William Dobson (London 1611-1646) Portrait of the artist, bust-length, in a black tunic and white collar
Lot 14
William Dobson
(London 1611-1646)
Portrait of the artist, bust-length, in a black tunic and white collar
Sold for £1,106,500 (US$ 1,413,919) inc. premium

Lot Details
William Dobson (London 1611-1646) Portrait of the artist, bust-length, in a black tunic and white collar
William Dobson (London 1611-1646)
Portrait of the artist, bust-length, in a black tunic and white collar
oil on canvas
62 x 47.2cm (24 7/16 x 18 9/16in).

Footnotes

  • Provenance
    The Strickland Collection, Howsham Hall, by 1791
    Howsham Hall sale, 1-4 November 1948, lot 792, where purchased by the present owner's grandfather

    Exhibited
    Arts Council travelling exhibition, British Self Portraits, 1962, cat. no. 6
    London, National Portrait Gallery, William Dobson 1611- 1646: The Royalists at War, 21 October 1983 - 8 January 1984, cat. no. 1

    Literature
    A Catalogue of the Rich and Elegant Household Furniture, China, Pier Glasses etc belonging to the later Nath ; Cholmley Esq., 1791, no. 60 ('1 Head of Dobson the Painter')
    Hawkesbury (Lord), 'East Riding Portraits', in Transactions of the East Riding Antiquarian Society, vol. X, 1903, p. 53, no. 89
    Catalogue of Valuable Oil Paintings at Howsham Hall, Whitby, 1911, p. 25, no. 199
    M. Rogers, William Dobson 1611-1646: The Royalists at War, exh. cat., London, 1983, cat. no. 1, ill., p. 22


    'The most excellent painter that England has yet bred'

    This strikingly powerful self-portrait, which has been widely praised for its originality is, alongside the artist's wife (see fig. 1), William Dobson's earliest attributable work, probably painted in the late 1630s (we know from an inventory of 1791 that the present portrait and that of his wife were hanging together at Howsham Hall by that time; see fig. 2). Its rarity and importance in the history of British art can barely be overestimated.

    Until Dobson, with the exceptions of the miniaturists, Nicholas Hilliard and Samuel Cooper (who as 'limners' would not, in any case have been considered at this time as working in the same field as larger scale painters in oil), all the artists of any standing at the English court had been imported from abroad. Indeed, this continued to be the case for the following seventy years and Dobson is now widely considered to be the most distinguished native born British artist before William Hogarth.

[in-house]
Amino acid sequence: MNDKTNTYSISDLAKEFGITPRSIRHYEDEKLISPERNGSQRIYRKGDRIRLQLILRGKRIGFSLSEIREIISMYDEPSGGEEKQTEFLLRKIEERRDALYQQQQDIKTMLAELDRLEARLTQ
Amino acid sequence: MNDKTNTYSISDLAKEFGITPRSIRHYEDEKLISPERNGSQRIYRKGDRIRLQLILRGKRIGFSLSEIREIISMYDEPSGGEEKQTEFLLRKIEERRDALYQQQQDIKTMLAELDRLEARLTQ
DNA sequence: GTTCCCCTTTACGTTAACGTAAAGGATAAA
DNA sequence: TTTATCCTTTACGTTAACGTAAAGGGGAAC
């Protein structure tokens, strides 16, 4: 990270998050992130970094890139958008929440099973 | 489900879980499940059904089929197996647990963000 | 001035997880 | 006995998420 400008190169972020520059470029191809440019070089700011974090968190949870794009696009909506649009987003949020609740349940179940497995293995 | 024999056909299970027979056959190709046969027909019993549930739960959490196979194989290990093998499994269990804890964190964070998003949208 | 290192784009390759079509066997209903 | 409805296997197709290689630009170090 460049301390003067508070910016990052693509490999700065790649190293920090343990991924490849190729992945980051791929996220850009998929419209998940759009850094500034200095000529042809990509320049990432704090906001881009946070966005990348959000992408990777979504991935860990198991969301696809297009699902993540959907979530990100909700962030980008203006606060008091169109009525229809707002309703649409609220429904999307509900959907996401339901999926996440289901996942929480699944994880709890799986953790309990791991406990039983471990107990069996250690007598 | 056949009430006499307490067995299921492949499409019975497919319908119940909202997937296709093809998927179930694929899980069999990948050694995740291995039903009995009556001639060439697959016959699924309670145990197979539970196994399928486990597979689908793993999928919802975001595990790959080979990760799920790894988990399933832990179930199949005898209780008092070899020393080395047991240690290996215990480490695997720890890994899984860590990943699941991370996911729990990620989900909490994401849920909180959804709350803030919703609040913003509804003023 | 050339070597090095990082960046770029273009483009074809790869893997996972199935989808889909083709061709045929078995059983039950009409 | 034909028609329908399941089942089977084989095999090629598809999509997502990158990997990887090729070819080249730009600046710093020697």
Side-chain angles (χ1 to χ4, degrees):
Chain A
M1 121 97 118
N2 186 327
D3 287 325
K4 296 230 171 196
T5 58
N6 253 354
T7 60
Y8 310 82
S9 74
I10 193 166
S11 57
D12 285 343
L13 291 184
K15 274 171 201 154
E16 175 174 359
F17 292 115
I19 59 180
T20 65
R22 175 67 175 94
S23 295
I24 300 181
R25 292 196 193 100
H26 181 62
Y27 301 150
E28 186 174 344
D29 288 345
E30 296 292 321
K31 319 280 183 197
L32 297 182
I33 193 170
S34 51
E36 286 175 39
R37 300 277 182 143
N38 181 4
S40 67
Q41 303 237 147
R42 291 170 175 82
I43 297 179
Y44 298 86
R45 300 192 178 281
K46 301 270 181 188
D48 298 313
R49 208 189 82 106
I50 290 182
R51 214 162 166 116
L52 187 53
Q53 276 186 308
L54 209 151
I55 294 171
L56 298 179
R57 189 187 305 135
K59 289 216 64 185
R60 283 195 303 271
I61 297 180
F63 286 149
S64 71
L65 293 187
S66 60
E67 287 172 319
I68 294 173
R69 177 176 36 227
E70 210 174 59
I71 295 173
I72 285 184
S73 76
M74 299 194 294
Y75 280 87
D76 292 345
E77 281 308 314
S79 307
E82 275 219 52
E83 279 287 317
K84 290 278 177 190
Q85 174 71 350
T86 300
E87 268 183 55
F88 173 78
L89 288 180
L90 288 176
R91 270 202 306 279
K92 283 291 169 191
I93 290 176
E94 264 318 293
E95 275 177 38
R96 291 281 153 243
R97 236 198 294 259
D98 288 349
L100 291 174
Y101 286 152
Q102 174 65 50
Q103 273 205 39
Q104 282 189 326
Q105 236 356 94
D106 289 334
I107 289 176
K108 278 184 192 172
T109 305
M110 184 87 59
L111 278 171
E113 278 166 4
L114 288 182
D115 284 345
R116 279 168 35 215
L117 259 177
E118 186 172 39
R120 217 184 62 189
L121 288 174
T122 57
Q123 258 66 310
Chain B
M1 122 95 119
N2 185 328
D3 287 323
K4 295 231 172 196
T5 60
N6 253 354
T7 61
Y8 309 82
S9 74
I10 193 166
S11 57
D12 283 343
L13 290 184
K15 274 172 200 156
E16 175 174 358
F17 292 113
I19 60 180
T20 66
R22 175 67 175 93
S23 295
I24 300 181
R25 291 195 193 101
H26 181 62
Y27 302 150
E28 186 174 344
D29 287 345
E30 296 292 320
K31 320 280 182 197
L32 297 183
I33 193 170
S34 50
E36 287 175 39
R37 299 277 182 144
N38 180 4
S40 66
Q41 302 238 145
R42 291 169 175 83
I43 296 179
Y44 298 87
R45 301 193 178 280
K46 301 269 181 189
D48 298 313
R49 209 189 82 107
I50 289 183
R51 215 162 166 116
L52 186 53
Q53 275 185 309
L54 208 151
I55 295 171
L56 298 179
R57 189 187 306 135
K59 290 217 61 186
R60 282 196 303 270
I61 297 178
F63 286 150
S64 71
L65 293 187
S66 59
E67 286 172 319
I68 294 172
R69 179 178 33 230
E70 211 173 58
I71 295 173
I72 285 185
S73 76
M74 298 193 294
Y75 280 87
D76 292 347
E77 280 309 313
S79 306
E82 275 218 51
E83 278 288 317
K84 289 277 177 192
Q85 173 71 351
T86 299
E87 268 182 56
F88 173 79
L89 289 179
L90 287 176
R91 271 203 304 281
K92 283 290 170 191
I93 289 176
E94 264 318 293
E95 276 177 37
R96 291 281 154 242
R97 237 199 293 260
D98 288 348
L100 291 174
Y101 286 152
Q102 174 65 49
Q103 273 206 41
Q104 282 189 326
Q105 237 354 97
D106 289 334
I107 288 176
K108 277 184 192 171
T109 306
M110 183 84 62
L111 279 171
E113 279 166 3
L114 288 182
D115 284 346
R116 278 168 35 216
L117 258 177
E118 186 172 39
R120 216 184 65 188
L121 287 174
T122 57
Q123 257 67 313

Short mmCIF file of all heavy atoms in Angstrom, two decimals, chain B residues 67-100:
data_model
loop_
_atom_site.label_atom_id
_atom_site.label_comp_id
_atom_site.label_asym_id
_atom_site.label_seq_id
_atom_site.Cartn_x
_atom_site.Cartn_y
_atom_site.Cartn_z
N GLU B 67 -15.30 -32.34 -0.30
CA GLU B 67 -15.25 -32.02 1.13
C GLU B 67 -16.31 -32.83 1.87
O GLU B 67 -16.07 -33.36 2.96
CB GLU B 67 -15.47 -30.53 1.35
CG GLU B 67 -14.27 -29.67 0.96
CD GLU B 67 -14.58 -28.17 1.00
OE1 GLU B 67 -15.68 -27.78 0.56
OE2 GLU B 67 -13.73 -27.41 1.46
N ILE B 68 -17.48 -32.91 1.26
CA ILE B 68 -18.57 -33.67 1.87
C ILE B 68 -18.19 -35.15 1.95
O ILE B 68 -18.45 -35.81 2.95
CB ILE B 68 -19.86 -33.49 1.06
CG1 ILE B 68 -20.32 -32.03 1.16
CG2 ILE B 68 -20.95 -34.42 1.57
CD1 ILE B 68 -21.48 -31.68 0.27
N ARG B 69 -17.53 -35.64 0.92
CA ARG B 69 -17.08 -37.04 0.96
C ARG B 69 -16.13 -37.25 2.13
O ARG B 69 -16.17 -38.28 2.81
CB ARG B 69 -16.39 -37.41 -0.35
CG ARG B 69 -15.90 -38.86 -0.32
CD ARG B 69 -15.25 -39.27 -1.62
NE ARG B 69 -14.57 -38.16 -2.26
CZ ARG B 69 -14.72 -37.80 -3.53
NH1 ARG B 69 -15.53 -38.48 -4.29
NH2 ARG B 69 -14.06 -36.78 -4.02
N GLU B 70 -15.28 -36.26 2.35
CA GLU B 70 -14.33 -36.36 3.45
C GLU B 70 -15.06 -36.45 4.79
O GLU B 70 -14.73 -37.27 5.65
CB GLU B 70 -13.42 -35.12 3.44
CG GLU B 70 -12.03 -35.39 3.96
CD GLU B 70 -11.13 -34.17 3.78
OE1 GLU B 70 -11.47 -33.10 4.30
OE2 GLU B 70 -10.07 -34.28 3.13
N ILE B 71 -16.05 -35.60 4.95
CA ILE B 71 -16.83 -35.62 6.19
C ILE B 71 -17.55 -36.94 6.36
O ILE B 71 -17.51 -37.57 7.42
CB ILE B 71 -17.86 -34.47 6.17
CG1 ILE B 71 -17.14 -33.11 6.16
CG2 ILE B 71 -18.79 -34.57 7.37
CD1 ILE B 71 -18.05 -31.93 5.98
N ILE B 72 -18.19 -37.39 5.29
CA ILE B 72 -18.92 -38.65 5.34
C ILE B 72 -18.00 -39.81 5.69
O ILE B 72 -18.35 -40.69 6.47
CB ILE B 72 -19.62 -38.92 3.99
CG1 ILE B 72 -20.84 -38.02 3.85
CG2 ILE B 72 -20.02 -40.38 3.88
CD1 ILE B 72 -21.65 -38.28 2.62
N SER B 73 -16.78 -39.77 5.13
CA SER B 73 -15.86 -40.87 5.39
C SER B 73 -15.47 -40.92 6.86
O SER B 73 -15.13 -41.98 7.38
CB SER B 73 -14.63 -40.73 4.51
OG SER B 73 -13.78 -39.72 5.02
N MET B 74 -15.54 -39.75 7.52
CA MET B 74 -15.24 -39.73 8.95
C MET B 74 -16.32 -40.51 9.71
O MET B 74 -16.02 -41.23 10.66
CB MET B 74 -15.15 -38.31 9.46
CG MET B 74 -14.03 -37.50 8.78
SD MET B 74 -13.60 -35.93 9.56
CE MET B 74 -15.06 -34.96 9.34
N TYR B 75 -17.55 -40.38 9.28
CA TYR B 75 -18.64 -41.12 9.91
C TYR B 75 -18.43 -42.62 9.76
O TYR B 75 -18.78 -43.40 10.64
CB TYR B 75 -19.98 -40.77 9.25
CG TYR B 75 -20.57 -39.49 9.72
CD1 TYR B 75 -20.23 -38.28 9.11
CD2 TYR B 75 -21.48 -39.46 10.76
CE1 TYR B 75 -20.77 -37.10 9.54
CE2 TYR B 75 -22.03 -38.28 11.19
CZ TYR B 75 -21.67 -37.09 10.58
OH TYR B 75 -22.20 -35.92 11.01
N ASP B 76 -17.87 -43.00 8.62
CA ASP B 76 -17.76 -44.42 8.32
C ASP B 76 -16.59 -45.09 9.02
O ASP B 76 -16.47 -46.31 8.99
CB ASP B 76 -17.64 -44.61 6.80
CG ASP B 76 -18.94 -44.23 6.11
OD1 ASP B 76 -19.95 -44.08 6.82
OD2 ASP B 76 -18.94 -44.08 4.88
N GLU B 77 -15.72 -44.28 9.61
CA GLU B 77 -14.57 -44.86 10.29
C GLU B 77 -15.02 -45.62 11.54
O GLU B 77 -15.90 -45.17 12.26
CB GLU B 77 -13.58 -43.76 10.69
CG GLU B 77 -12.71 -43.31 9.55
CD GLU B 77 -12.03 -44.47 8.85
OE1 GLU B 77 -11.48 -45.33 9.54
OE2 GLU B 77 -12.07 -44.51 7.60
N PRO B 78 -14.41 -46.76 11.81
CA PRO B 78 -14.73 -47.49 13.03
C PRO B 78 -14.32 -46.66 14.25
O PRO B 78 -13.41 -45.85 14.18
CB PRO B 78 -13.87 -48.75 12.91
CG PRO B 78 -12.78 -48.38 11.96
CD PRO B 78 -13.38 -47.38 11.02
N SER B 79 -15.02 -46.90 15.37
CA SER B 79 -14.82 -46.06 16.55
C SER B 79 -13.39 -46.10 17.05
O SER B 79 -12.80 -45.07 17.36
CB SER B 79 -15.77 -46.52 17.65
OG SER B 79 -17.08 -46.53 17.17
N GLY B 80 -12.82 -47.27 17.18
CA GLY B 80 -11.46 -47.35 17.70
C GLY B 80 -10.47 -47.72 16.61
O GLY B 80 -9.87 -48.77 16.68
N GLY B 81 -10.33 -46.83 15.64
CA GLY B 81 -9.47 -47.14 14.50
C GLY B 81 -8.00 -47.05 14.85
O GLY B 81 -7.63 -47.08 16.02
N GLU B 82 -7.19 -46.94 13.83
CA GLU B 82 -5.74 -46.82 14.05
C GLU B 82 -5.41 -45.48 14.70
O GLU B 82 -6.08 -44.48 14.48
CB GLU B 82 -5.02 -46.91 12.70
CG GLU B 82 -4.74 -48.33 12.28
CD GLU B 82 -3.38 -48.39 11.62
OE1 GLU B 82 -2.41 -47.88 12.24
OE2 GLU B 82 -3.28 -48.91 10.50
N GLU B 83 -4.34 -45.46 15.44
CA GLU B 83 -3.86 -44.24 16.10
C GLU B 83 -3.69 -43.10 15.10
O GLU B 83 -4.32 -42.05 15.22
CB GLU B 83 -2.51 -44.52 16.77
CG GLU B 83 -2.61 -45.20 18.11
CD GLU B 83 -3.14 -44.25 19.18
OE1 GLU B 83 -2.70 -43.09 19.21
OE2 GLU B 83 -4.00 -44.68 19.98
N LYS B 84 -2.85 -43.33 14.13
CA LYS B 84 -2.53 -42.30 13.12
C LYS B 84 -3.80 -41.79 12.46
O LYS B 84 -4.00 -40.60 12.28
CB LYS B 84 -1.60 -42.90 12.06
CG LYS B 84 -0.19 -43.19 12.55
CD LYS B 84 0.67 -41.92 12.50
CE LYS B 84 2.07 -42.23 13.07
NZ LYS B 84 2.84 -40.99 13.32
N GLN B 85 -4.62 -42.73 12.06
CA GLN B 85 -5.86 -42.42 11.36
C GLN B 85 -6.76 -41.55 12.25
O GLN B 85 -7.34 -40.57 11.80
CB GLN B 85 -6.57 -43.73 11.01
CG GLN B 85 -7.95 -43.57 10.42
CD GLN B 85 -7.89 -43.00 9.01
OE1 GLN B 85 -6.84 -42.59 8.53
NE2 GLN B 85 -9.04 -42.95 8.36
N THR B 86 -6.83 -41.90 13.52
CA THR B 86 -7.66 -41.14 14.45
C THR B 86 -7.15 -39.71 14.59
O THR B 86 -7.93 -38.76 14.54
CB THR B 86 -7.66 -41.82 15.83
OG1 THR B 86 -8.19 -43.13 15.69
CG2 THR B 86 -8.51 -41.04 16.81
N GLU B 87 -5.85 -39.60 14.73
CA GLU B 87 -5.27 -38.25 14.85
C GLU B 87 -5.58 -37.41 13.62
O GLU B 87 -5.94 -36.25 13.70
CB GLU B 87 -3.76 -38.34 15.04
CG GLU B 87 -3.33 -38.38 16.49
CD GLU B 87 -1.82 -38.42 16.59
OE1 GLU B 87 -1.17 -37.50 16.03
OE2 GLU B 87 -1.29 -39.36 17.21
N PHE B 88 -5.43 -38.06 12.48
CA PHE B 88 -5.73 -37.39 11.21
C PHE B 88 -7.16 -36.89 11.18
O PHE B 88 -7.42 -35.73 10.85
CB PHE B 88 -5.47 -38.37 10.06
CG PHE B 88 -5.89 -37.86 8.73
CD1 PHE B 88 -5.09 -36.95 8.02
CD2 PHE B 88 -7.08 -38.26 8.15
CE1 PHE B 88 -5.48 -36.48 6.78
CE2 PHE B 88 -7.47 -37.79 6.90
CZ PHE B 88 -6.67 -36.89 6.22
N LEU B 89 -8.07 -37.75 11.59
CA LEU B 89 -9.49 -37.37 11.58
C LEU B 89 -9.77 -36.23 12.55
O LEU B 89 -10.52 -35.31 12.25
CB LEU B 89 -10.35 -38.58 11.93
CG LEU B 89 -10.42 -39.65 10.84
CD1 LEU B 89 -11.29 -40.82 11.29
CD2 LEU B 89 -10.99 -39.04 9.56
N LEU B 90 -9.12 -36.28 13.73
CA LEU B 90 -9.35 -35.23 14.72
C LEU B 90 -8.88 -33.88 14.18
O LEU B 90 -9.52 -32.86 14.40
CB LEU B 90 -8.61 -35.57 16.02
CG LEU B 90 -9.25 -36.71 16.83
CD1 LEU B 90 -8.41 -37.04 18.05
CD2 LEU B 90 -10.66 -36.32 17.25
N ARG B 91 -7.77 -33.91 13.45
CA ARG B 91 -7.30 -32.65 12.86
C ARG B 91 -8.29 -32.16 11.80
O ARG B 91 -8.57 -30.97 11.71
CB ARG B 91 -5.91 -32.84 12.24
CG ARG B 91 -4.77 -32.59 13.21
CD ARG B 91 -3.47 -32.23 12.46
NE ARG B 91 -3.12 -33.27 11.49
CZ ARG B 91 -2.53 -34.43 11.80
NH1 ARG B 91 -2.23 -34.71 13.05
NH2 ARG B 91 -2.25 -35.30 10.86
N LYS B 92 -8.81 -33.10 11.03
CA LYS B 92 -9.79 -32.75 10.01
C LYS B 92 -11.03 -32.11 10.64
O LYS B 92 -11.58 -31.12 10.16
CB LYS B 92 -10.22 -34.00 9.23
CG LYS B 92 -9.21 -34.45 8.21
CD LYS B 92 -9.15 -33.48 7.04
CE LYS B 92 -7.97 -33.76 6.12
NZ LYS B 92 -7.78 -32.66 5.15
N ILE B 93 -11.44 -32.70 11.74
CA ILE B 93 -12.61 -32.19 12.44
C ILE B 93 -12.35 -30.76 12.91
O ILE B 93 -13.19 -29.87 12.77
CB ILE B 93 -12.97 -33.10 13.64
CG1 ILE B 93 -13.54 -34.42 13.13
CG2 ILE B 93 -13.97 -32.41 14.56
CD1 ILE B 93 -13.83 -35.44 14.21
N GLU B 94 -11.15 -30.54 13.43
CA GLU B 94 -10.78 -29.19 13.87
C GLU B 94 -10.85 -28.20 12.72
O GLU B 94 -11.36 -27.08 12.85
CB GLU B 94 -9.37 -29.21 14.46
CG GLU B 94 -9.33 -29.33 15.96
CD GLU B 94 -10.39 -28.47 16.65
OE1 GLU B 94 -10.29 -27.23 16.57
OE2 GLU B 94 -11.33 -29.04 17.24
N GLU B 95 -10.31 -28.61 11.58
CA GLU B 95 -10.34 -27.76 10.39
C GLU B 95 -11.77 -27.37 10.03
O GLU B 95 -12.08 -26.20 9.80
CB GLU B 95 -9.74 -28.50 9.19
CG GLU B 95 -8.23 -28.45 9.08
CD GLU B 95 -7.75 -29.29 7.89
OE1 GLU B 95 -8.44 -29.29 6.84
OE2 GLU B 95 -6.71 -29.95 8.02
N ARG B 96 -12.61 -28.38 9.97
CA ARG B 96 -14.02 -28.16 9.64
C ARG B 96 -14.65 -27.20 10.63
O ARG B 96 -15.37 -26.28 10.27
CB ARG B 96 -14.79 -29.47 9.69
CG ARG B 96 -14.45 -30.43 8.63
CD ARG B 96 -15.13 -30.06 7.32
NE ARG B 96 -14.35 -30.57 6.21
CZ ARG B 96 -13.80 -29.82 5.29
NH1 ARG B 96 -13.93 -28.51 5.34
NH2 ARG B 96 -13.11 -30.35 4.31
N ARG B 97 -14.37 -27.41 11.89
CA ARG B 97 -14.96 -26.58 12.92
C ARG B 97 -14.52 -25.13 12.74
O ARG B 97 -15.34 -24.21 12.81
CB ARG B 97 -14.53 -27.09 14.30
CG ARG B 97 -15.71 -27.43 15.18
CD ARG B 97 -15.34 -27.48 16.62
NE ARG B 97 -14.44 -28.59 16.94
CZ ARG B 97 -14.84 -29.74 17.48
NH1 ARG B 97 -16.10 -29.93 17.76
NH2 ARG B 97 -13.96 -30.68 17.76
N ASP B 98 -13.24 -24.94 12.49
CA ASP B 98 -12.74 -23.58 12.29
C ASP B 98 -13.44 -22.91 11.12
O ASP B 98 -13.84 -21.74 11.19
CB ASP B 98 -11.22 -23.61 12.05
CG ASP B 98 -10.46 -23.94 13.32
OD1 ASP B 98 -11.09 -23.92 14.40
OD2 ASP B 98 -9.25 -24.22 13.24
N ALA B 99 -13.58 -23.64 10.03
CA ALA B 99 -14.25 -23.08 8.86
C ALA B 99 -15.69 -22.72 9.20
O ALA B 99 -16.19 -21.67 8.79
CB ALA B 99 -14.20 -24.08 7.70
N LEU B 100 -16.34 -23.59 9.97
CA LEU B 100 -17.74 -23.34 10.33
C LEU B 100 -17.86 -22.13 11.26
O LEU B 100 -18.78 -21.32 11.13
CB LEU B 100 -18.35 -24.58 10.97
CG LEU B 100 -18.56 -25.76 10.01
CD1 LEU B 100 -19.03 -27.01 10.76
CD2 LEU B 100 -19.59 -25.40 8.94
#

Given the extraordinary sensitivity and psychological insight for which Dobson is so well known, it is all the more remarkable, as well as fortunate that his life coincided with and is so closely associated with one of the most turbulent and significant epochs of British history - the English Civil War. Today it is Dobson's portraits that come to mind when we come to visualise this poignant period of British history. As official court painter to Charles I, the tragic British king later beheaded by parliament, Dobson was an eye-witness to a period of immense drama and upheaval during which the world order was turned upside-down. Based in Oxford, where Dobson followed the court in early 1643 after it was transferred there when parliament took control of London, it was in that city that Dobson produced the vast majority of his sixty-or so surviving portraits, which convey to us today the romantically doomed world of the cavaliers and heroes of the Civil War.

    Van Dyck died in December 1641, allowing Dobson to make his own mark. He was called upon to paint not only the King, the Prince of Wales (see fig. 3), the Duke of York, and the Palatine princes, Rupert and Maurice, but also many of the Royalists who had flocked to Oxford. The present portrait, however, together with its companion piece, are the only works by Dobson that can be assigned with certainty to the period before he set up practice in Oxford. It thus provides a crucial insight into the background and origins of this major force in British cultural identity, since surprisingly little is known about how such a remarkable home-bred talent came to the fore. We know that Dobson's father, also William, was a gentleman of St Albans employed by Francis Bacon, Viscount Verulam, on the building and decoration of Verulam House and Gorhambury; he was also probably Master of the Alienation Office and a member of the Painter-Stainers' Company, but according to John Aubrey, 'he spending his estate luxuriously upon women, necessity forced his son William Dobson to be the most excellent painter that England has yet bred.'